Arc discharge High Up to 70% High
Laser ablation High 10-30% Very High
CVD Medium Up to 90% Low

Applications of Single-Walled Carbon Nanotubes in Electronics

The unique electronic properties of single-walled carbon nanotubes (SWCNTs) make them highly promising for next-generation nanoelectronics and optoelectronics. Their small size, ballistic transport, and high current density can overcome limitations of traditional silicon transistors.


  • SWCNT thin film transistors (TFTs) developed as transparent, flexible alternative
  • Semiconducting SWCNTs used as channel, metals as electrodes
  • Enable lightweight, durable electronics like displays, radio frequency ID tags

Conductive Films

  • Metallic SWCNT films used as transparent conductors
  • Higher conductivity than indium tin oxide (ITO)
  • Used in touch screens, OLED displays, solar cells


  • SWCNTs can carry high current densities >109 A/cm2
  • Potential replacement for copper interconnects in ICs
  • Lower resistivity and reduced electromigration


  • Individual SWCNTs show ballistic transport
  • Can make ultra-small SWCNT transistors, logic gates
  • Quantum devices like single electron transistors


  • Difficulty controlling chirality during synthesis
  • Variability in properties between nanotubes
  • High contact resistance to electrodes
  • Large scale alignment and placement remains difficult

Further advances in selective SWCNT separation and precise assembly/integration will enable their disruptive potential in electronics.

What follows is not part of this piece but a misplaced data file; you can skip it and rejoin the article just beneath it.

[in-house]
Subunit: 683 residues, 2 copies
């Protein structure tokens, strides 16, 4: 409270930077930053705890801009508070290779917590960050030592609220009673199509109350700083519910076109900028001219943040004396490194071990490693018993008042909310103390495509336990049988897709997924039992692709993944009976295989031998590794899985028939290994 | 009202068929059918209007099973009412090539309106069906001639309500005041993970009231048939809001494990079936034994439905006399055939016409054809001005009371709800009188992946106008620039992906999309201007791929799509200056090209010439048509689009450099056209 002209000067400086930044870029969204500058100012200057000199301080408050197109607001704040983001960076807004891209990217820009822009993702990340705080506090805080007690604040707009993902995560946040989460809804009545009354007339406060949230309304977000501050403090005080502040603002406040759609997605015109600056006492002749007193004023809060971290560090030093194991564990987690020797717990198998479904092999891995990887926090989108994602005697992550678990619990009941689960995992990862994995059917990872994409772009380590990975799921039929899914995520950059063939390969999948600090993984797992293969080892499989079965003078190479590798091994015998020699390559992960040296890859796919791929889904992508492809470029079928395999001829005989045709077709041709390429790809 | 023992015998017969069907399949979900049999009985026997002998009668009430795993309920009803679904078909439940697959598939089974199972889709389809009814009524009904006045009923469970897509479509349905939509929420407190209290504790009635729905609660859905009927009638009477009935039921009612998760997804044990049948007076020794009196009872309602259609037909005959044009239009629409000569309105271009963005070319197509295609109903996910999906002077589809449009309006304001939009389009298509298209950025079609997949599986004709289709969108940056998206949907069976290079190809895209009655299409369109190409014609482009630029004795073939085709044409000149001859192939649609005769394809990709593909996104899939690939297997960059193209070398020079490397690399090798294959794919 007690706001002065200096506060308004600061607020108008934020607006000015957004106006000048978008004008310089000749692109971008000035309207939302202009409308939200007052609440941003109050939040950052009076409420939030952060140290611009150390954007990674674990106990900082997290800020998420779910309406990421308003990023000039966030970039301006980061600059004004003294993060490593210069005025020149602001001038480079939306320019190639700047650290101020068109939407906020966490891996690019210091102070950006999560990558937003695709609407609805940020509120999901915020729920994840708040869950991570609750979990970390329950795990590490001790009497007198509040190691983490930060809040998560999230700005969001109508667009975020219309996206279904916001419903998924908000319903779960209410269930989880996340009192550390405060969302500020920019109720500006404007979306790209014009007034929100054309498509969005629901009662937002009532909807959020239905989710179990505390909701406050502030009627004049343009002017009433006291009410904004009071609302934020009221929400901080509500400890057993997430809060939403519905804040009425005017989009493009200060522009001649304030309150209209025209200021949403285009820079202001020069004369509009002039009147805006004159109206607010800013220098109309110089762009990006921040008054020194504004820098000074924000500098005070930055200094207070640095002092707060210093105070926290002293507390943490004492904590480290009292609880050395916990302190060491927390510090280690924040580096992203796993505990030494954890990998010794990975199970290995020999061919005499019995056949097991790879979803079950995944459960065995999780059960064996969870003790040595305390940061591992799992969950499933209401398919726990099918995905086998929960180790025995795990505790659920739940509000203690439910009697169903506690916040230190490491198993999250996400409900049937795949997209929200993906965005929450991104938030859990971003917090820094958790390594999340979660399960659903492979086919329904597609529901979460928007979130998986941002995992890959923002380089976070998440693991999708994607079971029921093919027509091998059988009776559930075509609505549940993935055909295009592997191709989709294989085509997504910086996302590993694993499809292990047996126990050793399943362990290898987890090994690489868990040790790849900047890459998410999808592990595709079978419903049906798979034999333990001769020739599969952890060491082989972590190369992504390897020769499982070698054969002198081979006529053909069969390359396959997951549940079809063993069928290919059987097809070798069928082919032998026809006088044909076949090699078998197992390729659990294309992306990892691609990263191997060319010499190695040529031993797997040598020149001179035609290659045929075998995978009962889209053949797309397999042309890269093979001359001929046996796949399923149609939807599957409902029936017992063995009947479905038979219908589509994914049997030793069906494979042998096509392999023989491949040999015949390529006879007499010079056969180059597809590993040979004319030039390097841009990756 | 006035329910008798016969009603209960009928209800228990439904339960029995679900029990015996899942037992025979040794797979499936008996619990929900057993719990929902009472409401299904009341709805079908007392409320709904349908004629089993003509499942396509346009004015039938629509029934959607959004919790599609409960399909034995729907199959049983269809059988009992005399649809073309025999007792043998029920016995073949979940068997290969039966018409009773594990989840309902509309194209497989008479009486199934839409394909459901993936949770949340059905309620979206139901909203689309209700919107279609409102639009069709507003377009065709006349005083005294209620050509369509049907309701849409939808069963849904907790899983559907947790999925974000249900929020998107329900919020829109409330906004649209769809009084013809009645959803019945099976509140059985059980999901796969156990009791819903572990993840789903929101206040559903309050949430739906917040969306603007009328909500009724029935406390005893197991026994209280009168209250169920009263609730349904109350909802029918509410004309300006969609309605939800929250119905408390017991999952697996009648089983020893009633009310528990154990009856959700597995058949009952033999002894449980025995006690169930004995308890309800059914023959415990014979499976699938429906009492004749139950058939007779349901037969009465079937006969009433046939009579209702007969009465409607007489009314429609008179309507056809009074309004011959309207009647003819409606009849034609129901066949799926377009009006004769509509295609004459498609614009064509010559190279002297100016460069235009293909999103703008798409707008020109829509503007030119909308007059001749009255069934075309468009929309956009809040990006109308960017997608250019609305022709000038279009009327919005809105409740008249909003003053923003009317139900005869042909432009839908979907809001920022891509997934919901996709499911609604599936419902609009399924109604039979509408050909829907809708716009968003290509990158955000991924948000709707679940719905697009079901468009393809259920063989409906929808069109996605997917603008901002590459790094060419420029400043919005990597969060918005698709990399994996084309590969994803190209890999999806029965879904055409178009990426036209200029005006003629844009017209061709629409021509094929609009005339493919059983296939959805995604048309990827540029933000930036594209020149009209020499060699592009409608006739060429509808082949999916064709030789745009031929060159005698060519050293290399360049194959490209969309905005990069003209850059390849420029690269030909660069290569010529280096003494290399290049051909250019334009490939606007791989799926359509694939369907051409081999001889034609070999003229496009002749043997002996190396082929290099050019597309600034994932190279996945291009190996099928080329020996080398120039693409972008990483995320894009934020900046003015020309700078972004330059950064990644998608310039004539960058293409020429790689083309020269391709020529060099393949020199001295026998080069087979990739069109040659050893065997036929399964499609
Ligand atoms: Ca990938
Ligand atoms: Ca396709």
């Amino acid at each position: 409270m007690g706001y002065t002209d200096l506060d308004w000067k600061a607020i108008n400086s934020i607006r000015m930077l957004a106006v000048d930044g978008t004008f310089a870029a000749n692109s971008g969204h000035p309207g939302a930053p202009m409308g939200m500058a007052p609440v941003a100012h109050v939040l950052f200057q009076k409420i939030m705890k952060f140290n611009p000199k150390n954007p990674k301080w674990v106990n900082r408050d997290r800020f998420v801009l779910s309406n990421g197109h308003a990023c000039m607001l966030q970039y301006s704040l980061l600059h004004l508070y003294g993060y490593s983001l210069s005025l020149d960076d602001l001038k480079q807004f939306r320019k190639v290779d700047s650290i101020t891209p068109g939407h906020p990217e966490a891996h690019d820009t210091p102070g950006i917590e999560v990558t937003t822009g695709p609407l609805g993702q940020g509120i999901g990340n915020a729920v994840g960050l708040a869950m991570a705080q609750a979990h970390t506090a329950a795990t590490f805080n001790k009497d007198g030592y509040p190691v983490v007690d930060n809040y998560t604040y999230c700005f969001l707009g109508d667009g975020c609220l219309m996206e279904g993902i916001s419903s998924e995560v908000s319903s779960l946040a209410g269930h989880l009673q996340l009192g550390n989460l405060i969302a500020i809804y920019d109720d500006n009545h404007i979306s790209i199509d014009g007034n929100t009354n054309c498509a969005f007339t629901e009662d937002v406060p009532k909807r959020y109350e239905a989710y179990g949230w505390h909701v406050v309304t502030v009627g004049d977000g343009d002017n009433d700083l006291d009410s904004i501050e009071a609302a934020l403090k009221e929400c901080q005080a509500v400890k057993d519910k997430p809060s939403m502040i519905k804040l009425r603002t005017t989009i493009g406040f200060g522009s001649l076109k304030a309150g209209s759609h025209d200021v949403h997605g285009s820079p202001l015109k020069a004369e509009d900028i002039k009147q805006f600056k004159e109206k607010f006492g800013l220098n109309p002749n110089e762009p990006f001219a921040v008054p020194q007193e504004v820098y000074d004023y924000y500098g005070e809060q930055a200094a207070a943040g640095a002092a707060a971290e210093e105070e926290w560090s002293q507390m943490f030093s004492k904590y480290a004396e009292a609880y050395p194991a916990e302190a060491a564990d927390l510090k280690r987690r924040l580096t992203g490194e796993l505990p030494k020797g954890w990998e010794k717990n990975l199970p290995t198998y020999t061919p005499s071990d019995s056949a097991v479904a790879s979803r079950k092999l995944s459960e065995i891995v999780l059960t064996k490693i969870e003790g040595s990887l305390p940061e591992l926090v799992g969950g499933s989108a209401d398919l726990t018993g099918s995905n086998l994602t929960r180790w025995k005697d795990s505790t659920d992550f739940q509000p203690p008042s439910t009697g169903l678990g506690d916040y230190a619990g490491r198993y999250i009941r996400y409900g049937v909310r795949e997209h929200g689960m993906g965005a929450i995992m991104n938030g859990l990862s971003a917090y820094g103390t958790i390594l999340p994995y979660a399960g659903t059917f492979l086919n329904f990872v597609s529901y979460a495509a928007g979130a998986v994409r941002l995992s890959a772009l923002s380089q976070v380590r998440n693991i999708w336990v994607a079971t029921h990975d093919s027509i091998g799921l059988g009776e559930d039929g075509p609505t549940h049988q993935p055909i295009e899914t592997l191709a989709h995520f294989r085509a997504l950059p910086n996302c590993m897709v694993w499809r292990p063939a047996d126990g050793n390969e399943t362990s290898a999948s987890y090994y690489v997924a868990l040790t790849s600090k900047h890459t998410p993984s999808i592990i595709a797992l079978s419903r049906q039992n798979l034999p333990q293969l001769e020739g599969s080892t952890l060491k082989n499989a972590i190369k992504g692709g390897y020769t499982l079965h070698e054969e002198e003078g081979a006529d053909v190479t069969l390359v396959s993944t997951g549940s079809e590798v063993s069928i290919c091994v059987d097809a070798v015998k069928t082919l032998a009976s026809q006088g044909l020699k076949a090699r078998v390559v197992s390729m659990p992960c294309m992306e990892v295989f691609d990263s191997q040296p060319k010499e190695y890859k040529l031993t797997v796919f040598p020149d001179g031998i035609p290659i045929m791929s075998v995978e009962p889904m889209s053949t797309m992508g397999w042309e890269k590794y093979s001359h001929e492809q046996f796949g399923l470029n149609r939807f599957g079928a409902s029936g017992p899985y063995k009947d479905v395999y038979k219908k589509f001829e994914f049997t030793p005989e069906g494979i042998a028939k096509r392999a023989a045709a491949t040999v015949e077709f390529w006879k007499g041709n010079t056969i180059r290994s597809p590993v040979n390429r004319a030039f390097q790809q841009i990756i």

Single-Walled Carbon Nanotubes for Li-ion Batteries

Single-walled carbon nanotubes (SWCNTs) have emerged as a promising material to enhance the performance and durability of Li-ion batteries. Their high surface area, conductivity, and mechanical resilience impart advantages over conventional graphite anodes.

Advantages of SWCNTs for Li-ion Anodes

  • High theoretical specific capacity up to 1116 mAh/g
  • Faster charge transfer kinetics
  • Long cycle life with over 90% capacity retention
  • High rate capability enabling fast charging
  • Good mechanical properties to accommodate volume changes

Improved Capacity

  • SWCNTs can store lithium ions via intercalation between tubular layers as well as surface adsorption
  • Enables higher specific capacity compared to graphite (372 mAh/g)

Faster Charging

  • Metallic SWCNTs provide excellent electrical conductivity
  • Accelerates electron transfer during charging/discharging
  • SWCNT anodes maintain performance at high charge/discharge rates

Longer Cycle Life

  • SWCNT paper electrodes show minimal capacity fade after thousands of cycles
  • Flexible network structure tolerates expansion/contraction


  • Higher cost than conventional graphite
  • Difficulty with precise chirality control
  • SWCNT bundling reduces surface area

Further improvements in scalable SWCNT synthesis, dispersion, and electrode fabrication can enable their integration into commercial Li-ion batteries with improved energy density.